LONDON -- If anyone wants to see Obamacare's future, come to Britain and look at single-payer health care in action -- and the parallel market-oriented system that has developed, not just for private health insurance but for pay-as-you-go medical services.

Britain's National Health Service has provided free or heavily subsidized care to registered residents for 65 years.

It sounds utopian, but the system is plagued by cost overruns, long waits for nonemergency care and denial of some preventive services considered routine in America.

Those who can afford it opt for private insurance and care.

Proponents of Obamacare argued that it would lower U.S. health care costs by reducing the use of emergency rooms for the uninsured. Since everyone will have insurance, people will visit their primary care doctors instead of using expensive emergency room services.

But headlines in Britain show that emergency room visits are rising under the NHS, from 18 million in 2005 to 22 million in 2012. That's an increase of 22 percent in seven years, above the population increase of 4 percent.

On Thursday, Jeremy Hunt, Britain's health secretary, warned that the increase in emergency room visits posed the "biggest operational challenge" to the NHS.

Patients, especially those with chronic conditions, are visiting emergency rooms because they can't get appointments with their doctors.

Dr. Kailash Chand, deputy chairman of the British Medical Association, said last week that "the ever increasing squeeze of funding to [doctors'] practices and the wider NHS, coupled with the impact of coping with an aging population and spiraling patient demand, has left the NHS facing unprecedented pressures."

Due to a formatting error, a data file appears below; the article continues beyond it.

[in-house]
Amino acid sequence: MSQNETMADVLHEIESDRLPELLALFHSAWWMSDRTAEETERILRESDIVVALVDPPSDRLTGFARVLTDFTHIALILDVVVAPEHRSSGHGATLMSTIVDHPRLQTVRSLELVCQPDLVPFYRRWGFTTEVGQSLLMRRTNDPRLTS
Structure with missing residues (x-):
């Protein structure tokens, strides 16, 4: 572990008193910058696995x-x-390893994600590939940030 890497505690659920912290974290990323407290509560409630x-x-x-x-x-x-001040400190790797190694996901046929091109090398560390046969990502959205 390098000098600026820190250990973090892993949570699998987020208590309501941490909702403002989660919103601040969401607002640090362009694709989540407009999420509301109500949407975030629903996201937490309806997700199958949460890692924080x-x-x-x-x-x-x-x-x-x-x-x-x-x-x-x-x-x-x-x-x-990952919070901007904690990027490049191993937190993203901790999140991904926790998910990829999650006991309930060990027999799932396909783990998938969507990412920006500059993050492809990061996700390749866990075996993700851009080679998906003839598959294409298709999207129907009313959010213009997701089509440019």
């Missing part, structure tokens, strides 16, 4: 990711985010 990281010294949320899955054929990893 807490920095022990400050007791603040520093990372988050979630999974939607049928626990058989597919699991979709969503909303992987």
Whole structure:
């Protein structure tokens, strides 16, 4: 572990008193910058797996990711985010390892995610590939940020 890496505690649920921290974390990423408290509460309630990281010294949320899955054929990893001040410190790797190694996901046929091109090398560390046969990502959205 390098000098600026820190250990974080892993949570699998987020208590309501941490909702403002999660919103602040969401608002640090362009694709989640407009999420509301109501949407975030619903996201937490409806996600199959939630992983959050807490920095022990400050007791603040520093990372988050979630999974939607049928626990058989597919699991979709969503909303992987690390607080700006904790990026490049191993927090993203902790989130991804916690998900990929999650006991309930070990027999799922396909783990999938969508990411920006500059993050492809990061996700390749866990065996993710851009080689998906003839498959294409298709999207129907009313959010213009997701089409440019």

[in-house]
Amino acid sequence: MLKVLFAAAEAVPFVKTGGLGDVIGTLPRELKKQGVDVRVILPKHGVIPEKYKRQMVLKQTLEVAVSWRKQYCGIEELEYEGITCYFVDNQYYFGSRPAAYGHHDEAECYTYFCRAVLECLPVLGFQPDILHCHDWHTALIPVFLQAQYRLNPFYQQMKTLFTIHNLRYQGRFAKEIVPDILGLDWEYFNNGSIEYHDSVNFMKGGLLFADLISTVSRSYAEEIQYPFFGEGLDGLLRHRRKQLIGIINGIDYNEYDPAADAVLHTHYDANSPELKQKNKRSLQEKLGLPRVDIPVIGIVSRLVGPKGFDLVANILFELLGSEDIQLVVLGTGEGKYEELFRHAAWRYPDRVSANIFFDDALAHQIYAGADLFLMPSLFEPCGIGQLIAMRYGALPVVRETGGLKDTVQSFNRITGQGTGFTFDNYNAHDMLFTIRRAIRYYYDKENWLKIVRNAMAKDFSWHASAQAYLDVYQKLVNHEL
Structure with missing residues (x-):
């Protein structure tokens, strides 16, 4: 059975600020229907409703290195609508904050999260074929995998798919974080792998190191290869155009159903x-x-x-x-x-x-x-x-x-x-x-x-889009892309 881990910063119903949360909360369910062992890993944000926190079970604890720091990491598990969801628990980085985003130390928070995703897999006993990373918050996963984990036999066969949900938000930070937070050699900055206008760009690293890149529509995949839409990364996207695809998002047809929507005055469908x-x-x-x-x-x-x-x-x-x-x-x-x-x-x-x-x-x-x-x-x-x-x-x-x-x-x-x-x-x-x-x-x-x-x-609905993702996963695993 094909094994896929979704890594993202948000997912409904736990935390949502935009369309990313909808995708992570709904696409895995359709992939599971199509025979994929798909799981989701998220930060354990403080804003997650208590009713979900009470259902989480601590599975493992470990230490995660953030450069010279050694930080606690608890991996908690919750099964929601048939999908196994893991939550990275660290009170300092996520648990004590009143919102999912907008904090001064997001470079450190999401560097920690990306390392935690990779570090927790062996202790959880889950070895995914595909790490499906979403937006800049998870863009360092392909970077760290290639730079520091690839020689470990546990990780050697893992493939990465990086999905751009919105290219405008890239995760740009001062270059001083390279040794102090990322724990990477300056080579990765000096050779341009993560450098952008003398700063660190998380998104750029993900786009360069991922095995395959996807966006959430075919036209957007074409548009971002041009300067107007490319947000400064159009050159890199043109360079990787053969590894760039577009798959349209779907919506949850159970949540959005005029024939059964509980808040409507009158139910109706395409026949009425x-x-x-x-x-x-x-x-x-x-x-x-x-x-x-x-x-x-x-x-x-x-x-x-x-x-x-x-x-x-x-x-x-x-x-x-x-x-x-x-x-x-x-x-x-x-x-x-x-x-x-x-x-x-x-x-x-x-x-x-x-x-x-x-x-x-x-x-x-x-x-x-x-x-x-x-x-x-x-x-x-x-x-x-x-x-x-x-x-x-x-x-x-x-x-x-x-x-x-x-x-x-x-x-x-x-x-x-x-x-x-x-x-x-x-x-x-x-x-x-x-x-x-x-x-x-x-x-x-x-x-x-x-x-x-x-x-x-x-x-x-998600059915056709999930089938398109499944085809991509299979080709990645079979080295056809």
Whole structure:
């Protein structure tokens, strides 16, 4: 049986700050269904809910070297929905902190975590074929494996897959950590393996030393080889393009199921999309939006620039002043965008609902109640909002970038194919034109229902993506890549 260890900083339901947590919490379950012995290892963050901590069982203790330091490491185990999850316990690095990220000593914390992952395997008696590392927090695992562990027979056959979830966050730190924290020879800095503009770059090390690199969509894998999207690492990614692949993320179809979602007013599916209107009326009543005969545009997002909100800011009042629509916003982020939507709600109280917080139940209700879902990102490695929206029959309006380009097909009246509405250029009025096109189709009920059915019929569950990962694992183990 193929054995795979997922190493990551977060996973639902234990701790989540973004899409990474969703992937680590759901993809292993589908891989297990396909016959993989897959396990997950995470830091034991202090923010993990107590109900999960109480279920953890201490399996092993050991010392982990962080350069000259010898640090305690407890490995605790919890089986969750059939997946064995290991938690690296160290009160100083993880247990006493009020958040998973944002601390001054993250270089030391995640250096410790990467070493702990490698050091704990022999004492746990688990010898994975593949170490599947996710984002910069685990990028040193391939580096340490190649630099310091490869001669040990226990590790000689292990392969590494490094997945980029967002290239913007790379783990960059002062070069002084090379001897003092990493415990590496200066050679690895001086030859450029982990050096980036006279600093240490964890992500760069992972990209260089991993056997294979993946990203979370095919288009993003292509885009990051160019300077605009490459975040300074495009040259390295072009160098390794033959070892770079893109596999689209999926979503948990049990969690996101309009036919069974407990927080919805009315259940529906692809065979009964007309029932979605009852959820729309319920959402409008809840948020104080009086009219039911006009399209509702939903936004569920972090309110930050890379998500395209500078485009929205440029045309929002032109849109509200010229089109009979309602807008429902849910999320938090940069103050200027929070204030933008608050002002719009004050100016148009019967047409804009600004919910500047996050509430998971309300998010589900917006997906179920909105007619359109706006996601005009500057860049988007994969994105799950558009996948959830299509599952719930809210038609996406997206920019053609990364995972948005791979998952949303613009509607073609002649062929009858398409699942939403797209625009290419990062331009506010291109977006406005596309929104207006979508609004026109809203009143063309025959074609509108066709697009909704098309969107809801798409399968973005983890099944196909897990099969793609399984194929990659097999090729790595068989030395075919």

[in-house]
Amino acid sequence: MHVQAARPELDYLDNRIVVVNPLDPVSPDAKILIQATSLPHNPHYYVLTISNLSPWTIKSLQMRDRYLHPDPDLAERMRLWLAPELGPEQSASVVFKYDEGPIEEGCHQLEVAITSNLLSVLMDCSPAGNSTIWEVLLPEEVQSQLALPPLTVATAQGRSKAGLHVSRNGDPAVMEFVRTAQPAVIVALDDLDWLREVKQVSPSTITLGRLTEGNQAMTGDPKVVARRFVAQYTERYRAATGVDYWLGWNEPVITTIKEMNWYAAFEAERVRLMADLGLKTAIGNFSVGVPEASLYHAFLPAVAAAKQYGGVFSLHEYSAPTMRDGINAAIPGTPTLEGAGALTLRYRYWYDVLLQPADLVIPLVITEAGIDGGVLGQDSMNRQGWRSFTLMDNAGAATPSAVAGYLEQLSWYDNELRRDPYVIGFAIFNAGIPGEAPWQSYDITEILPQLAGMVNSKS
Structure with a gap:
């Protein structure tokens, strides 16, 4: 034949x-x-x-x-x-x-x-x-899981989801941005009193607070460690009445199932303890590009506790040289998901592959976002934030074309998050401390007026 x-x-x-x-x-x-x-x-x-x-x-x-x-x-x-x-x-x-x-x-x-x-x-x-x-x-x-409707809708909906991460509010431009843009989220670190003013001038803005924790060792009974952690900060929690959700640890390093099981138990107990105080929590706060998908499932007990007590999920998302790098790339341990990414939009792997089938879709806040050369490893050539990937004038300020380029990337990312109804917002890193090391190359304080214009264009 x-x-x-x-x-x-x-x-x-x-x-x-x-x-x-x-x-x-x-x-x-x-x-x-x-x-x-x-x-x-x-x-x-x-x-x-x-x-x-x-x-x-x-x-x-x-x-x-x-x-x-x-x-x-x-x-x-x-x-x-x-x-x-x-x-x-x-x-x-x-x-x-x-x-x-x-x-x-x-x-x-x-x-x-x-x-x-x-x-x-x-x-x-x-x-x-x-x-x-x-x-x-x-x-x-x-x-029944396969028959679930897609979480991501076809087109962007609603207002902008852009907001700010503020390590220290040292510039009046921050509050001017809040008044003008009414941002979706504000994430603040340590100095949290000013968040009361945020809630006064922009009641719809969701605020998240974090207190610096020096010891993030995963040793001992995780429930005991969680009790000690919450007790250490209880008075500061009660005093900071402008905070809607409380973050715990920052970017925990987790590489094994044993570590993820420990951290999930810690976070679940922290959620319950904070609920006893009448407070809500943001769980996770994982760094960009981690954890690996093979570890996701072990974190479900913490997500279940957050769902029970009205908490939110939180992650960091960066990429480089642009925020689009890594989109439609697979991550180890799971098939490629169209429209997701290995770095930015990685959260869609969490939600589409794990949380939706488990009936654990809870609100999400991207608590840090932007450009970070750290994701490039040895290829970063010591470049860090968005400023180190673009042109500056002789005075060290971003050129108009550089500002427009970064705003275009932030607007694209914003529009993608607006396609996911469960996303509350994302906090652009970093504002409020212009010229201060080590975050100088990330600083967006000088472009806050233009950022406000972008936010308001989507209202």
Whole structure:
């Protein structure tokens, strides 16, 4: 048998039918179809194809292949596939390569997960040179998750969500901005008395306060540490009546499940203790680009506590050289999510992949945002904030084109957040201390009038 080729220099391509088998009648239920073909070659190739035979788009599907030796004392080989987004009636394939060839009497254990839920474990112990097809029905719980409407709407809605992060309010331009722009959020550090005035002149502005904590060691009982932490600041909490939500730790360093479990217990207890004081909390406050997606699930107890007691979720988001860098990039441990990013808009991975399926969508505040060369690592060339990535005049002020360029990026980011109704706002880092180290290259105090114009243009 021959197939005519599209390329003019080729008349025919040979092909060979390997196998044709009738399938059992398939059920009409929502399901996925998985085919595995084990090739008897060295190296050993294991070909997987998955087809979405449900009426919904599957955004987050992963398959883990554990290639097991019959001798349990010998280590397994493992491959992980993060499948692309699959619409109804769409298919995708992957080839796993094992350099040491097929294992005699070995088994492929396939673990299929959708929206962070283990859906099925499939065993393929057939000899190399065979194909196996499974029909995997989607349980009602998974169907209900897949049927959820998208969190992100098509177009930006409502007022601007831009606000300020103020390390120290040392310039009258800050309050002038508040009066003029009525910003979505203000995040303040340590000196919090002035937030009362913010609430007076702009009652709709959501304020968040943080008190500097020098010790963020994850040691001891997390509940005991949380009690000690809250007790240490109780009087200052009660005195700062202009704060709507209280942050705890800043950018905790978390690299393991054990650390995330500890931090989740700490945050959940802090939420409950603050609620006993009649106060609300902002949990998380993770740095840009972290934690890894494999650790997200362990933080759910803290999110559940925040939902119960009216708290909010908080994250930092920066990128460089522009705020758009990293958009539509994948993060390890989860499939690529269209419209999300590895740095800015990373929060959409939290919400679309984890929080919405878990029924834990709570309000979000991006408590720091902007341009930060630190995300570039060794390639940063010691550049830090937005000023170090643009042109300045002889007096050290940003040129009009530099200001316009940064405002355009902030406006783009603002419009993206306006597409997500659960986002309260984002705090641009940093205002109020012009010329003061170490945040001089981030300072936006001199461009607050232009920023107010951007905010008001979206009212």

America has the same difficulties with squeezed physicians, an aging population and spiraling patient demand. These are problems that the Affordable Care Act is supposed to solve. But Britain shows that a single-payer health service hasn't solved them.

Under the NHS long waits for nonemergency visits are common, and even scheduled surgeries arranged months in advance can be postponed without warning for lack of a piece of medical equipment.

It has become increasingly difficult to schedule a regular visit with an NHS doctor. Patients can see a doctor promptly if they call early in the day and say their problem is an emergency, entitling them to be seen in one of a limited number of same-day emergency appointments. Otherwise, the wait can stretch to weeks.

Some escape the NHS waiting periods through private insurance and private hospitals, with no waits and a choice of top-quality specialists. Employer-provided private health insurance is a valued benefit, just as it is in America.

Besides offering insurance, Bupa, Britain's largest private insurance company, provides "self-pay" physician services to those whom it does not insure but who want to escape the predictably long waits of the NHS.

Prices for a "self-pay" appointment with a general practioner range from $105 for a 15-minute consultation to $350 for an hourlong visit. Bupa also offers cosmetic treatments ($93 for microdermabrasion for the face, $308 for a wrinkle injection).

In the private Wellington Hospital, near Lord's Cricket Ground in northwest London, hospital rooms are like hotel rooms, with one patient per room, mini-refrigerators, armchairs and couches.

Nurses offer cups of tea in china cups and saucers. In the lobby, newspapers are in English and in Arabic: Many Arabs, living in London and abroad, come to the Wellington for private care.

America already has concierge medical services for the rich and walk-in clinics at drugstores for everyone else. Americans will seek a way out of Obamacare's lengthy waits for doctors and specialists. The invisible hand will come to the rescue, just as it has in Britain.

Washington Examiner Columnist Diana Furchtgott-Roth (, former chief economist at the U.S. Department of Labor, is a senior fellow at the Manhattan Institute for Policy Research.